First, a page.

• All restaurants and bars are closed statewide.
  • Concerts and other entertainment venues are closed in Broward and Palm Beach counties.
  • Beaches, parks, bars, and restaurants are shut down in Miami-Dade County.
  • All hotels must close by Monday night in the city of Miami Beach.


The nation’s second-most populous state, with nearly 29 million people, faces restrictions that went into effect at midnight on Friday, March 20, and will last through April 3.

  • Social gatherings are limited to 10 people.
  • Bars, restaurants, and gyms are closed. Takeout is allowed.
  • Visiting nursing homes is barred “unless to provide critical assistance.”
  • Schools are closed statewide.

As Vox’s Dylan Scott has explained, officials hope these measures will “flatten the curve” — that is, reduce the rate of infections quickly enough to both drastically limit the number of new cases and ensure the US hospital system isn’t overwhelmed by people seeking treatment.

An infographic that shows the goals of mitigation during an outbreak with two curves. The X-axis represents the number of daily cases and they Y-axis represents the amount of time since the first case. The first curve represents the number of cases when no protective measures during an outbreak are implemented and displays a large peak. The second curve is much lower, representing a much smaller rise in the number of cases if protective measures are implemented. Christina Animashaun/Vox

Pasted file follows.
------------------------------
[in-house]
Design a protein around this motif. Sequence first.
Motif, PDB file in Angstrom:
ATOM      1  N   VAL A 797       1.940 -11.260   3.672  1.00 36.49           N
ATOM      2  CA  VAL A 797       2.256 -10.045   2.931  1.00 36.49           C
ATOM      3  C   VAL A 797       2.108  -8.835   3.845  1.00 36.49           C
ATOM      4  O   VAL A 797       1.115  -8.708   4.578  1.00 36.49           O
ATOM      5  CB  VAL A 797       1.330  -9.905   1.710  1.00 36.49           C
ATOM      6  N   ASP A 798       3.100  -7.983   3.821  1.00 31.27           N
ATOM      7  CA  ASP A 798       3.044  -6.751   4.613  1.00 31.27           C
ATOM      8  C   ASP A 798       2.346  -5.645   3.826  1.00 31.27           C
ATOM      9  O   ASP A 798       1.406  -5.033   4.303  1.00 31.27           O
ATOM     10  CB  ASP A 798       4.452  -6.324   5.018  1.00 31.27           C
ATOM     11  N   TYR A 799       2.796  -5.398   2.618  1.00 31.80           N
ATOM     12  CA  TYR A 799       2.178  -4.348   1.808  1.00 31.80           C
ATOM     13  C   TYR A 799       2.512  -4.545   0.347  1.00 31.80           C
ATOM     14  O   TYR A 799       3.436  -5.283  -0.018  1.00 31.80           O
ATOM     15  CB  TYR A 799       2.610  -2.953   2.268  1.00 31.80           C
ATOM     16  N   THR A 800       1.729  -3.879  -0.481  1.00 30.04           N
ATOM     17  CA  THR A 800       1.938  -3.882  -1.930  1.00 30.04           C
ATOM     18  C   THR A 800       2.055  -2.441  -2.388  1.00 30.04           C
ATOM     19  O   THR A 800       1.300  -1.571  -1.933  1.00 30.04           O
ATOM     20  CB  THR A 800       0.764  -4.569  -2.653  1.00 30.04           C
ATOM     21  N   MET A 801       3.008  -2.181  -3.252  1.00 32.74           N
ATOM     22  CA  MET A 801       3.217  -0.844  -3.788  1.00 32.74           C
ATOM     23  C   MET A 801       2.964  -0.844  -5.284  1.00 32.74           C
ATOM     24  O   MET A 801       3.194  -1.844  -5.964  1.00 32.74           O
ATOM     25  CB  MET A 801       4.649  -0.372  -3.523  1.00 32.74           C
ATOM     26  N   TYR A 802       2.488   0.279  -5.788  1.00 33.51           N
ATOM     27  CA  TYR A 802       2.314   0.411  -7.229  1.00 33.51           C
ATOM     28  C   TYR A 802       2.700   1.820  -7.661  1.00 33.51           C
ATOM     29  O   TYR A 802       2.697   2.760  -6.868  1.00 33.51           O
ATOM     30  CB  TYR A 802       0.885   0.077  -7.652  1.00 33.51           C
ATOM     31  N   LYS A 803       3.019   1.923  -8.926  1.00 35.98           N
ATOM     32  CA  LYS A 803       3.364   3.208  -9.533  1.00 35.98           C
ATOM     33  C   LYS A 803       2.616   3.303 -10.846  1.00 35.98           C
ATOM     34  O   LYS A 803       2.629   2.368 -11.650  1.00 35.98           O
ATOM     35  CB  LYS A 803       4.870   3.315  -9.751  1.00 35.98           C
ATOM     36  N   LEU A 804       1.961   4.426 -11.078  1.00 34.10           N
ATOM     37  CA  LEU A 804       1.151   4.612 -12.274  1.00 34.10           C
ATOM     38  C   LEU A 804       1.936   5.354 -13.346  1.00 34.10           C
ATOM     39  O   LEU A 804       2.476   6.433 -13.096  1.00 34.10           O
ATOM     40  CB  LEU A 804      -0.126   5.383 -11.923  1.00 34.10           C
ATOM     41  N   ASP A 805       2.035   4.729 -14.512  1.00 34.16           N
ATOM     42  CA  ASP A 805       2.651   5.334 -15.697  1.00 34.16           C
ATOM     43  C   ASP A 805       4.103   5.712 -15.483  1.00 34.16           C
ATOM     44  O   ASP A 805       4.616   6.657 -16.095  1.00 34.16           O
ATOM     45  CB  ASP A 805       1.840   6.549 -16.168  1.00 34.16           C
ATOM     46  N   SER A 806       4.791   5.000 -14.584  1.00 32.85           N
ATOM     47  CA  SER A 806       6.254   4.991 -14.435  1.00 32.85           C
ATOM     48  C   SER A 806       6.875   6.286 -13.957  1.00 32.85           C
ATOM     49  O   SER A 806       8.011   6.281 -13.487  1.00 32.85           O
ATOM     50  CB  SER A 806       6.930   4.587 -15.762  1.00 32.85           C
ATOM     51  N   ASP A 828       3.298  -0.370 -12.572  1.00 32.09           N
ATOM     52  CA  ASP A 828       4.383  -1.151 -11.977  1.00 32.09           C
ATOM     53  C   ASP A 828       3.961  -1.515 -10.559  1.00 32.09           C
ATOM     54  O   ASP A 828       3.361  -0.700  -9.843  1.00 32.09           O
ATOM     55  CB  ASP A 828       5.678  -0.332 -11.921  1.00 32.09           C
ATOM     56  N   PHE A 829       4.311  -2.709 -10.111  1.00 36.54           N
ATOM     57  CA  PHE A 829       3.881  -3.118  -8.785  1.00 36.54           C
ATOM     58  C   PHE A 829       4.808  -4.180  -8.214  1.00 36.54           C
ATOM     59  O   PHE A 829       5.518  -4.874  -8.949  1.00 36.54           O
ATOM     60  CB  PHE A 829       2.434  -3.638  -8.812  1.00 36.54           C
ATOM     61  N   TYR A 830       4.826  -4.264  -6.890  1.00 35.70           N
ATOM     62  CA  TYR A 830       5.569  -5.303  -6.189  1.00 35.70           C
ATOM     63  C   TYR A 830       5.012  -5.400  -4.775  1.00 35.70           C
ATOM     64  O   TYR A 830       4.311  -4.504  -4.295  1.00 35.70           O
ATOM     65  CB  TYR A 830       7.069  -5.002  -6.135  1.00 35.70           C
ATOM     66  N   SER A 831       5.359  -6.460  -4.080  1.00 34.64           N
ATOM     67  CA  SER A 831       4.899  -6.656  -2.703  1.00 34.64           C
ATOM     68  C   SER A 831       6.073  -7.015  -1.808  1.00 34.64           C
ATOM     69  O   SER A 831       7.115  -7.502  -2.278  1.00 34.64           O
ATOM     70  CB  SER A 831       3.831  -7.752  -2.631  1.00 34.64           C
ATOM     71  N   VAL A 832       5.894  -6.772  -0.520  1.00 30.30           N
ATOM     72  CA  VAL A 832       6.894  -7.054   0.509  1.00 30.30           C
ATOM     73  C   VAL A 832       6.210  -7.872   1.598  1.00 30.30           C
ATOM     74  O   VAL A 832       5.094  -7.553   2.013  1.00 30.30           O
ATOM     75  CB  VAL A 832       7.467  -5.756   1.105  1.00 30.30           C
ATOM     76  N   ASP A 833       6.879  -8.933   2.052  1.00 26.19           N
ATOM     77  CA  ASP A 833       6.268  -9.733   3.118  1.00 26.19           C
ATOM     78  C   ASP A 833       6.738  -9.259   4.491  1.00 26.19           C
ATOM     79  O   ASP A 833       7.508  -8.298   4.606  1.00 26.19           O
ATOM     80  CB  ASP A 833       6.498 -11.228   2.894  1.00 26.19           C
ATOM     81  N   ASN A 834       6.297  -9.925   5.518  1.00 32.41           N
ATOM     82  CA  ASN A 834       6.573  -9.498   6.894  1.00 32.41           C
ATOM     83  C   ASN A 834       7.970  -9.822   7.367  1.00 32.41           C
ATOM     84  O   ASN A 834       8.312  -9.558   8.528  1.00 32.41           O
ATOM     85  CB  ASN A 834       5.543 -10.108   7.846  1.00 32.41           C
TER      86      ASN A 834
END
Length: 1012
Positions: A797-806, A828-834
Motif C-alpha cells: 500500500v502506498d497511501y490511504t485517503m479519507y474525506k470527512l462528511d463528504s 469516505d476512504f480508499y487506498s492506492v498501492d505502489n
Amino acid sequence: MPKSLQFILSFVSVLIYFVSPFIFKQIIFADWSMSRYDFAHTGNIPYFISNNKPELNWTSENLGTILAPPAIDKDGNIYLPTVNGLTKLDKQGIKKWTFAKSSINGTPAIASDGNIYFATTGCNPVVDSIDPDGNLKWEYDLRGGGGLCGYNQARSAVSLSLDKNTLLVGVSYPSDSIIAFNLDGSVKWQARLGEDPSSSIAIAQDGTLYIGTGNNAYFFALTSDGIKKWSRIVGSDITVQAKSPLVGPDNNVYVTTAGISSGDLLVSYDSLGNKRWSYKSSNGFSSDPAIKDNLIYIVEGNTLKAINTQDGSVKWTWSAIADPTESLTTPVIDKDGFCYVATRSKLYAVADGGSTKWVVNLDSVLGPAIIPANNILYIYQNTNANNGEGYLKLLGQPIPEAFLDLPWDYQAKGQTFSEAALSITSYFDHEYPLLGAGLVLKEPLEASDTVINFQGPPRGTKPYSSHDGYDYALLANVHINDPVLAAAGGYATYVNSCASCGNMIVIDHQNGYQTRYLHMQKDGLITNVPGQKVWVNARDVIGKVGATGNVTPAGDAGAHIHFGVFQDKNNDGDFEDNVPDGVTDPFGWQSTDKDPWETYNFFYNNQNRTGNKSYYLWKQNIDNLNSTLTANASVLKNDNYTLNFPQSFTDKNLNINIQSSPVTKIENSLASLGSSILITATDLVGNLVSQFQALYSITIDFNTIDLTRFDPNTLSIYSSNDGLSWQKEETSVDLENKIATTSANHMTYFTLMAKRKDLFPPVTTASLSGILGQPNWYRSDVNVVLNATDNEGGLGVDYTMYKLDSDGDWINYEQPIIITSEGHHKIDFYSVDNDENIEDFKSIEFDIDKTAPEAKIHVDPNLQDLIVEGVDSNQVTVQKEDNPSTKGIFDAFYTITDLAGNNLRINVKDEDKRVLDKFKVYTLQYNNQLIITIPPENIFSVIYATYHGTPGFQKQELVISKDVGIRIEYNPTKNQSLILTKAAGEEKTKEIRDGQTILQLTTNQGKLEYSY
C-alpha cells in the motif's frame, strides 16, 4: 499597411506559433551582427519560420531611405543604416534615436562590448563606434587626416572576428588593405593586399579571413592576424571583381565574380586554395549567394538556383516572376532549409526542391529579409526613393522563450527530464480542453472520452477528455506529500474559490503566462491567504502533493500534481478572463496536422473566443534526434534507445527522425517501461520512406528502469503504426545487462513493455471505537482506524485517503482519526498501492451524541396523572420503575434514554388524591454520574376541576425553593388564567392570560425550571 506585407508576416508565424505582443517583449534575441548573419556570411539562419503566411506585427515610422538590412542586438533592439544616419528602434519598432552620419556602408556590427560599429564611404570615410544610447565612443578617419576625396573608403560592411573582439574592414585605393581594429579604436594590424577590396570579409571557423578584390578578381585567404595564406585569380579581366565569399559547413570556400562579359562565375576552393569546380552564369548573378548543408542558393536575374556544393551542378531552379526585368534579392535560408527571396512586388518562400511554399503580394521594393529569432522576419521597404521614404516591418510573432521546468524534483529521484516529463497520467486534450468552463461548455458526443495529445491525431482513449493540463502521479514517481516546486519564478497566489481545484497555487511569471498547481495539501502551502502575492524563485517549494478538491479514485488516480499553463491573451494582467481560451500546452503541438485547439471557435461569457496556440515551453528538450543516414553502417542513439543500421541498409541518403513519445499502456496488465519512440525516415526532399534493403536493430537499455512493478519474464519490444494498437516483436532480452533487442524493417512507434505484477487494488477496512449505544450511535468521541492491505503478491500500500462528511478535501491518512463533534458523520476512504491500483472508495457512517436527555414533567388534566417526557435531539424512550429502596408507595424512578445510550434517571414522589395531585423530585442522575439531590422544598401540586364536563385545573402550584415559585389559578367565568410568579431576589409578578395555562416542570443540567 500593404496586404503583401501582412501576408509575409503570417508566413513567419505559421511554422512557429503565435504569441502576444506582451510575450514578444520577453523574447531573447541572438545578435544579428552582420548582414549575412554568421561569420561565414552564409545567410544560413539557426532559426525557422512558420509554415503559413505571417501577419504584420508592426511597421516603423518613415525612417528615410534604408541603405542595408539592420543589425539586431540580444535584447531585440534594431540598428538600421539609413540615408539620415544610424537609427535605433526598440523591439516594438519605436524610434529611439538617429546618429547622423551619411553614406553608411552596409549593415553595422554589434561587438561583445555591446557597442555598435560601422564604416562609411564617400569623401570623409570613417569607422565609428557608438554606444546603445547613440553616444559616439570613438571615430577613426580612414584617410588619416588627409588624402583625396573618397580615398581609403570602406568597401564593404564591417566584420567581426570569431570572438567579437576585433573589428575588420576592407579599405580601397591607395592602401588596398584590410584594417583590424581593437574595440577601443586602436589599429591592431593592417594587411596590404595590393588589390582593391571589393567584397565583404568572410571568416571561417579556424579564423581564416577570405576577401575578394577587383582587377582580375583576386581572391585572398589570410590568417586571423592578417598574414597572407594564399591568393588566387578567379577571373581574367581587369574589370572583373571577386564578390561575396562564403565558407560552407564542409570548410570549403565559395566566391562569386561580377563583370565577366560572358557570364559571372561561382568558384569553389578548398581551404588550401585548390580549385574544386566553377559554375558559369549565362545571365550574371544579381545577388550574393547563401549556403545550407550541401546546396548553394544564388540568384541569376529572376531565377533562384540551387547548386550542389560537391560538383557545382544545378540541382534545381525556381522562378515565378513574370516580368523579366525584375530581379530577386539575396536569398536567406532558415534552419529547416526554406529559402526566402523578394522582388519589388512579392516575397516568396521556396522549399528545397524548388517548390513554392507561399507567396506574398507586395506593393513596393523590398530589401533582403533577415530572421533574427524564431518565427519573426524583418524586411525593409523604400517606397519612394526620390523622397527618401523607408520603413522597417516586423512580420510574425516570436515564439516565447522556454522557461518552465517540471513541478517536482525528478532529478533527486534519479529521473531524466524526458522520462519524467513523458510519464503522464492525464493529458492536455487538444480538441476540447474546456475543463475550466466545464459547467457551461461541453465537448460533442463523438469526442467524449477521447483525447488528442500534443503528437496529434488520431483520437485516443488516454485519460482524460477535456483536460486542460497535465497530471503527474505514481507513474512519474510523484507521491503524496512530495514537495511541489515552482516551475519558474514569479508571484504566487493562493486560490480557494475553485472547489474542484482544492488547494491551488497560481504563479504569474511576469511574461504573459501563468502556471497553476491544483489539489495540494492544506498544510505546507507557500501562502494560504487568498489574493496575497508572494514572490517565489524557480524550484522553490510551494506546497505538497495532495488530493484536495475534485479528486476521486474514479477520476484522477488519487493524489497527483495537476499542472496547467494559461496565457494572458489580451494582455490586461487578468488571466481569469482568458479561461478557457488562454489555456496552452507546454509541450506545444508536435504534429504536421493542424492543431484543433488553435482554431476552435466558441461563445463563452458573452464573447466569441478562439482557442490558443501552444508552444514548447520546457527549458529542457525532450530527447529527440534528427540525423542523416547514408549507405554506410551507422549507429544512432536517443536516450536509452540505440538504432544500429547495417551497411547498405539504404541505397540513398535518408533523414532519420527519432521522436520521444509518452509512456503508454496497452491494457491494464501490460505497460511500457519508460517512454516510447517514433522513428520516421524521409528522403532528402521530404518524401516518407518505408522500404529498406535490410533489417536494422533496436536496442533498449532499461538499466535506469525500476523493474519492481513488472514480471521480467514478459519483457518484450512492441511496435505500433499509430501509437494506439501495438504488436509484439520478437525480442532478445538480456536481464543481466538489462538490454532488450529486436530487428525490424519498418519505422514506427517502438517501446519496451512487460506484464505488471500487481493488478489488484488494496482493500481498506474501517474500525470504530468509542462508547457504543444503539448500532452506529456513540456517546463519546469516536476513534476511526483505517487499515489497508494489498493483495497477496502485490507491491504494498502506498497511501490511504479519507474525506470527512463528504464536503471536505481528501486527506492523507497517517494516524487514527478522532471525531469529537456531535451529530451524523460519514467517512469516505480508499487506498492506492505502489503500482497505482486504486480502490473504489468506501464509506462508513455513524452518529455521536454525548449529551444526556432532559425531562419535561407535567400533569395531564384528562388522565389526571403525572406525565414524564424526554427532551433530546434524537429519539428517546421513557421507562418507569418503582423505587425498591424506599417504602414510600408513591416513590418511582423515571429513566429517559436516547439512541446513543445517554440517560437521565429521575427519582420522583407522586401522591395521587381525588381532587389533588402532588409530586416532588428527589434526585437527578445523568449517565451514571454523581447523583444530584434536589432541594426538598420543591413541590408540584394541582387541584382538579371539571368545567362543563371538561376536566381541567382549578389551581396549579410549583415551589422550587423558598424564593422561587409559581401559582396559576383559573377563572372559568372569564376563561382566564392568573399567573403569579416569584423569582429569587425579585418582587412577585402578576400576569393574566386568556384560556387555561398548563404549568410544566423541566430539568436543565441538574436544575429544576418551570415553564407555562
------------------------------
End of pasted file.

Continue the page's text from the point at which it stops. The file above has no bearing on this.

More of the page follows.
And as Vox’s Ezra Klein has explained, experts believe the best way to flatten the curve is to limit interpersonal contact:

Adam Kucharski, the mathematical epidemiologist, has a very simple calculation on this point. He calculates that if each Covid-19 case leads to 2.5 more infections over five days, then a single case leads to 244 more cases over the course of a month. But if social distancing measures cut that number in half to 1.25 new infections for every case, that’s only four new cases over the course of a month.

This kind of exponential math is really unintuitive. This isn’t about you or even the people directly around you. It is also about the chain you start. If you infect somebody and they have connections, you kick off in that chain that could be very deadly.

How long the shelter-in-place orders will need to stay in effect isn’t yet clear. But experts believe social distancing will likely need to be practiced for some time — at least until a vaccine becomes available, something that could take up to 18 months.